Google's Review Censorship Guidelines: A Word of Caution to Businesses

By Tinuiti Team

Recently, in an effort to improve user experience, Google exercised their right to censorship by disallowing webmasters to mark up reviews which contain profanity. While at first glance this appears to be a noble effort, this new policy may require more due diligence on the part of webmasters and skew the perception of a business when viewing their ratings in the SERPs.

Review Snippits and Critic Snippets

So, what exactly are review snippets? Currently, Google displays two types of reviews in the search results: critic reviews and review snippets. A rating snippets is shown as those orange stars you see in the SERPs. While they frequently appear for products, they can also appear as an aggregate rating for businesses and other things. Google also allows for critic reviews (which do not utilize stars) for movies, TV shows, books and local businesses.

Review snippet example

Critic review example

In order to generate rich snippets in the SERPs your website must implement review Schema markup. When Google detects this schema a rich snippet that includes stars and other summary info from reviews or ratings may be shown in the SERPs. Review snippets are known for helping to improve click-through-rates and help your results stand out from the competition.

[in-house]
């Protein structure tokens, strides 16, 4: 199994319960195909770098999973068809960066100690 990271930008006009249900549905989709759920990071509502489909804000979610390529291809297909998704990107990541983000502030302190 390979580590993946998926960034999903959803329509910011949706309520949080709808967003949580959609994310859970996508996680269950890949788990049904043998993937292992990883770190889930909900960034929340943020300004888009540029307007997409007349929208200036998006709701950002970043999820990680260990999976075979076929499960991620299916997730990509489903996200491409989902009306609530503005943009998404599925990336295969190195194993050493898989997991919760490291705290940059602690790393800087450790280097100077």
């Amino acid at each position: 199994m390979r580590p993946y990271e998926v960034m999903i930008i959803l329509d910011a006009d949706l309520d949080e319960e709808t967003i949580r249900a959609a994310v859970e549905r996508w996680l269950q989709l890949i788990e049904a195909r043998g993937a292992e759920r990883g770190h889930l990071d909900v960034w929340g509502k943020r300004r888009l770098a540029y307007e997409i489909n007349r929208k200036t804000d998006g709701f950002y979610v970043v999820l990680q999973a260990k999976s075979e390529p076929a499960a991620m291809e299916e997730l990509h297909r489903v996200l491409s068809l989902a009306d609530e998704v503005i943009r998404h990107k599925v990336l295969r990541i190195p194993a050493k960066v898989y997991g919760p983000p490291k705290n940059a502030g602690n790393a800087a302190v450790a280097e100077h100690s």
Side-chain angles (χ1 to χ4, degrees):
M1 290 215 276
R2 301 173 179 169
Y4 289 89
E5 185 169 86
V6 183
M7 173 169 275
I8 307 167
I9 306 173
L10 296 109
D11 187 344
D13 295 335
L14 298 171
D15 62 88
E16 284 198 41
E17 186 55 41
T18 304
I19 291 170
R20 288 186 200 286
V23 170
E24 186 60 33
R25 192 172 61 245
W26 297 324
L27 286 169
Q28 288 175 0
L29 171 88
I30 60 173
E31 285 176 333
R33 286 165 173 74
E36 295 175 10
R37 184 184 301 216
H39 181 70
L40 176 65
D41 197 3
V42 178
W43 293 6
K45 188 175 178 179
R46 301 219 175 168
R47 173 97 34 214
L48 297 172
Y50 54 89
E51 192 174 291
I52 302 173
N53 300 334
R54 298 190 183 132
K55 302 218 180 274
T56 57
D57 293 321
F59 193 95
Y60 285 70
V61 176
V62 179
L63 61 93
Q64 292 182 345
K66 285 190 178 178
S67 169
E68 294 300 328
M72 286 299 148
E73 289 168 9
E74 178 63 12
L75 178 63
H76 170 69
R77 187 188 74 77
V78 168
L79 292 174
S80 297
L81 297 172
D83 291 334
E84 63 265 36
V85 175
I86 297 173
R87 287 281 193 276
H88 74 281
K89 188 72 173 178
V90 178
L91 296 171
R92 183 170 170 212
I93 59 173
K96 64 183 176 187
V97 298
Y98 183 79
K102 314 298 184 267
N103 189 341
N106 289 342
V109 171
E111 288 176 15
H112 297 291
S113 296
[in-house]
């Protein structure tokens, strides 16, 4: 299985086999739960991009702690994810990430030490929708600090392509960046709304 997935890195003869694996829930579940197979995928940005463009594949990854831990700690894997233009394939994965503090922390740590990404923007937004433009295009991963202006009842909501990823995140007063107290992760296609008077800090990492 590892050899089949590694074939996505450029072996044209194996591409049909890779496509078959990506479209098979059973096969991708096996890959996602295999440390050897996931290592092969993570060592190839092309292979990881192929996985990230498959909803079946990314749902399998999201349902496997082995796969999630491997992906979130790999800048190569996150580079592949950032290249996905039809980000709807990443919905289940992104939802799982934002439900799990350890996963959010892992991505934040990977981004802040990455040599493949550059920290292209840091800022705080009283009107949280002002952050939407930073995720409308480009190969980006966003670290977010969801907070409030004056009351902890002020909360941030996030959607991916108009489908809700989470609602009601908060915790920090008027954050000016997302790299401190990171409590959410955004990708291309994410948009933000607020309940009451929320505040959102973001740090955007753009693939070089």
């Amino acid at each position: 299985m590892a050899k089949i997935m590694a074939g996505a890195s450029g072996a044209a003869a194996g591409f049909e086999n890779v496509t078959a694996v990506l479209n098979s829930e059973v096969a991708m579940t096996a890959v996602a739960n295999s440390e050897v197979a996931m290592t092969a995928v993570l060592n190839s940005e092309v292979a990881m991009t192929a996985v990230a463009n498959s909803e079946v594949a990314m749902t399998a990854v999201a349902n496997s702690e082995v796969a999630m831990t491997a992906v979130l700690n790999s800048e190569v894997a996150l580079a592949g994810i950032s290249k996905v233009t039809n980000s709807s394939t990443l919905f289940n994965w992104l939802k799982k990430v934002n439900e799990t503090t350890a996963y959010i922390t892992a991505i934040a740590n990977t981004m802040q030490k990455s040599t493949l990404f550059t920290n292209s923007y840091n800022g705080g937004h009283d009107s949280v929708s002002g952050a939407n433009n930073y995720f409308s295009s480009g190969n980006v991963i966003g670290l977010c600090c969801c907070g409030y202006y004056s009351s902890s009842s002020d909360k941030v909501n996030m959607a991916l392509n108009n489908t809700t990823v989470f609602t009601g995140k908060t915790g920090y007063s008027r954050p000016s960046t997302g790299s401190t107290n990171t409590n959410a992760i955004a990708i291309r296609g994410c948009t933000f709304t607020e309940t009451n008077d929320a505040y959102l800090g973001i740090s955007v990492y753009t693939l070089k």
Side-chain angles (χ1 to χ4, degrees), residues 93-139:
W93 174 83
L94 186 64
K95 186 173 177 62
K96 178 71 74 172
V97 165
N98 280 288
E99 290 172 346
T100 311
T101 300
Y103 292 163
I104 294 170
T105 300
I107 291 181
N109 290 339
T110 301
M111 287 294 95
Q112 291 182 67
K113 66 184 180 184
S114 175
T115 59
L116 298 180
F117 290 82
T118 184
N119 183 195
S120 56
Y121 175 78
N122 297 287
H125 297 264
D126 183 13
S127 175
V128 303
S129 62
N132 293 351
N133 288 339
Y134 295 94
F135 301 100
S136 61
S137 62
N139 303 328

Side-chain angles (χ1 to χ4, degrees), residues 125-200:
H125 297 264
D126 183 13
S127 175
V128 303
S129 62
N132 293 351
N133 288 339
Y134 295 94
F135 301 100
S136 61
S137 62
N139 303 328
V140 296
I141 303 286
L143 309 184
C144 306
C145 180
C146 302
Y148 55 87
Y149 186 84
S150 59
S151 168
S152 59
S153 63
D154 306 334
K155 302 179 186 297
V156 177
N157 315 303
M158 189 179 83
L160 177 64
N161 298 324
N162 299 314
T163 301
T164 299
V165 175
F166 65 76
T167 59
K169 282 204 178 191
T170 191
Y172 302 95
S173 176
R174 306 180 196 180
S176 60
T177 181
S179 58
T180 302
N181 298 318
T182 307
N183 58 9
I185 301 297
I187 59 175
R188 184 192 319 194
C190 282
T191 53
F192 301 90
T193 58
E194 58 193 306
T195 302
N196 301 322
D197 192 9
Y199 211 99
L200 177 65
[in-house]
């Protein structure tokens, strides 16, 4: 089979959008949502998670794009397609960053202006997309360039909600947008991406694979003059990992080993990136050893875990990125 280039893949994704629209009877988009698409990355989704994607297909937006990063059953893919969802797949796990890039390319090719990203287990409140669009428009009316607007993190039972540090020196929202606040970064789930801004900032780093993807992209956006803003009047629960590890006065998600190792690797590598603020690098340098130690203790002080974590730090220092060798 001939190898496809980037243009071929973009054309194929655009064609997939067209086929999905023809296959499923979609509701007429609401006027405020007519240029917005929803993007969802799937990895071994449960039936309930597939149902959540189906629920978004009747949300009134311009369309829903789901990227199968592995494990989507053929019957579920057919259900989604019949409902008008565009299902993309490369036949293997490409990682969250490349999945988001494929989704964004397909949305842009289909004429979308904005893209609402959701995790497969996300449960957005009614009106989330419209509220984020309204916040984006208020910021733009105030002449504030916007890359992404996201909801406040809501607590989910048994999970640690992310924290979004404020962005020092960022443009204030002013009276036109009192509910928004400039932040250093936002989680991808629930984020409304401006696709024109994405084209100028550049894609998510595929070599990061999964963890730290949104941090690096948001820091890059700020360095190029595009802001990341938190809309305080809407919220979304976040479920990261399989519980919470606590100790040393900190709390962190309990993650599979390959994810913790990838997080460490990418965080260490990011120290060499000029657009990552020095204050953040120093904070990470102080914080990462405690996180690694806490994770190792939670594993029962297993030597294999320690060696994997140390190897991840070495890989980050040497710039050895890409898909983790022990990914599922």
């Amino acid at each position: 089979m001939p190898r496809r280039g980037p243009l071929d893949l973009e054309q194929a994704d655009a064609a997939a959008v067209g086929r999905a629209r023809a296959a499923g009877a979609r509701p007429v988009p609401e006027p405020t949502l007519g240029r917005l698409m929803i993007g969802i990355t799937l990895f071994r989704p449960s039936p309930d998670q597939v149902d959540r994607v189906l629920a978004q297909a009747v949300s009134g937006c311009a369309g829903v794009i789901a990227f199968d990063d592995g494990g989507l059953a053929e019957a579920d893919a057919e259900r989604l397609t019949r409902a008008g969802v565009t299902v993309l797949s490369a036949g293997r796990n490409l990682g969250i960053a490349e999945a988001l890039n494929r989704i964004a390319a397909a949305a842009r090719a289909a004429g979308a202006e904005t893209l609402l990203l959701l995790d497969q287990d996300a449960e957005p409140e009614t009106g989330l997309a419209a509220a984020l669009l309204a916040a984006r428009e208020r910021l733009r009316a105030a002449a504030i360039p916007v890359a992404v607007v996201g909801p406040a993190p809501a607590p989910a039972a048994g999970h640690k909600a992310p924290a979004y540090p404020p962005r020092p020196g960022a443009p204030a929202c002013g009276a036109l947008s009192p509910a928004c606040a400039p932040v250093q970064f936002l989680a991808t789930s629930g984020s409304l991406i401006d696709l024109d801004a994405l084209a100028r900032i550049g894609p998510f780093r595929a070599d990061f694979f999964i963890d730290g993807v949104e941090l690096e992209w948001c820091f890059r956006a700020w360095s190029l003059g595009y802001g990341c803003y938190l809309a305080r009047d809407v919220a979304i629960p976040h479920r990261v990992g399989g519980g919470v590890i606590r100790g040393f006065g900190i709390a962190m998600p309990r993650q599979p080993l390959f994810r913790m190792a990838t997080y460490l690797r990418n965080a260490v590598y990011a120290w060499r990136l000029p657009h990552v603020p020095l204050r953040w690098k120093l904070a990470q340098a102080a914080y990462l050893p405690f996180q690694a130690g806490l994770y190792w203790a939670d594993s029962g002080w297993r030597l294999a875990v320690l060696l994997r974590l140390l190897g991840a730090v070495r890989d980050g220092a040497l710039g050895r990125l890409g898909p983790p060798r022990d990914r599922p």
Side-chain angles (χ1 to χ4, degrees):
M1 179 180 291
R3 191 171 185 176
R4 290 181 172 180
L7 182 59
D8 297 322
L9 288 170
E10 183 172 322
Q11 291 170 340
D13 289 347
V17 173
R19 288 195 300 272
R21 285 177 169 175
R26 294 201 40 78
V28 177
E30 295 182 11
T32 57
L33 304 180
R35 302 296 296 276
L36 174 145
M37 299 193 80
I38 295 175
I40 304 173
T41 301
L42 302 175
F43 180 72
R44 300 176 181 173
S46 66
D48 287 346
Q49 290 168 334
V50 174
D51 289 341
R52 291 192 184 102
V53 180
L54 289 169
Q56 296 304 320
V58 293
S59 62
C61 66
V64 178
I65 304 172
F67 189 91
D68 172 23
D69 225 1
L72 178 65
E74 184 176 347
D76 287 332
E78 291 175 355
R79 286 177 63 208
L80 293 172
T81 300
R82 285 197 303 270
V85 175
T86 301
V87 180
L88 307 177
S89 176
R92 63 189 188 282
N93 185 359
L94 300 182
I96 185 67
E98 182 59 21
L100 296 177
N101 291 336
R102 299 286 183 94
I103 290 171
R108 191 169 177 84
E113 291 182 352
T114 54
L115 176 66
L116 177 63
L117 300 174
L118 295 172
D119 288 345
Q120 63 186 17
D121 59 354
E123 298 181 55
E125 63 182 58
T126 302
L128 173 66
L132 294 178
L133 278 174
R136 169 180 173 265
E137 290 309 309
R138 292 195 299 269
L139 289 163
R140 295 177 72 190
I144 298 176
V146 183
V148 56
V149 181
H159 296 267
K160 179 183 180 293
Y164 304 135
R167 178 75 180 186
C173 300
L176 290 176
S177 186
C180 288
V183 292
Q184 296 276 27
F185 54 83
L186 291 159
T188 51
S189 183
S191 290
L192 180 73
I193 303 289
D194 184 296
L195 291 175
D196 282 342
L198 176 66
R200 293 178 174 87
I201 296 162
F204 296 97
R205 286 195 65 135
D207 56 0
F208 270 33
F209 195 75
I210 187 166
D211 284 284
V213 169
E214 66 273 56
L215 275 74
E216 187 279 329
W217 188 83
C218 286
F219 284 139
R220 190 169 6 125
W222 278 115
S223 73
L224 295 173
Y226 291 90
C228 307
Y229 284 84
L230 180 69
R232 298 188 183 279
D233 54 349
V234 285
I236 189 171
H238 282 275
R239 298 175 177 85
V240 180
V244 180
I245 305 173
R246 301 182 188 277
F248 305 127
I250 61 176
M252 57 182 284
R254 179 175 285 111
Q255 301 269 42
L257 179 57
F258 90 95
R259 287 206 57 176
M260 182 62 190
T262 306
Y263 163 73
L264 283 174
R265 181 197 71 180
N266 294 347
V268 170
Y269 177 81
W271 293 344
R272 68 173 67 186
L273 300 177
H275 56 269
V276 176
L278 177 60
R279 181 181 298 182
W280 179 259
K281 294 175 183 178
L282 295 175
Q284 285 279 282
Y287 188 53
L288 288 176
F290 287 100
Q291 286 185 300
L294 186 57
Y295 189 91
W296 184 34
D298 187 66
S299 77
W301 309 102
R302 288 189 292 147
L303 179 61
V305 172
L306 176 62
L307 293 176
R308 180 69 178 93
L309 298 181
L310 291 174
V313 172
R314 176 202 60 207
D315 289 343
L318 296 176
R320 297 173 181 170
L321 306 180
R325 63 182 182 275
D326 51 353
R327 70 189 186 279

Problems with Google’s Review Censorship Guidelines

While Google’s use of censorship aims to dissuade the use of profanity in user reviews (and perhaps provoke a more thoughtful review), there are some problems with this approach:

On December 16th Google stated that “[P]rofanity and vulgar language are prohibited. Do not include reviews that contain vulgar or profane language.” However, if you visit Google’s official Review Guidelines page today, it simply states that ‘profanity and vulgar language is discouraged’ under critic reviews only, with no mention of this as it pertains to review snippets. It seems as though Google has cautiously and quietly backed away from trying to censor reviews. Should reviews be censored? Let us know what you think!

Interested in learning more about SEO? Here’s a great story about how SEO helped a financial advisor’s site get a 19% boost in traffic!

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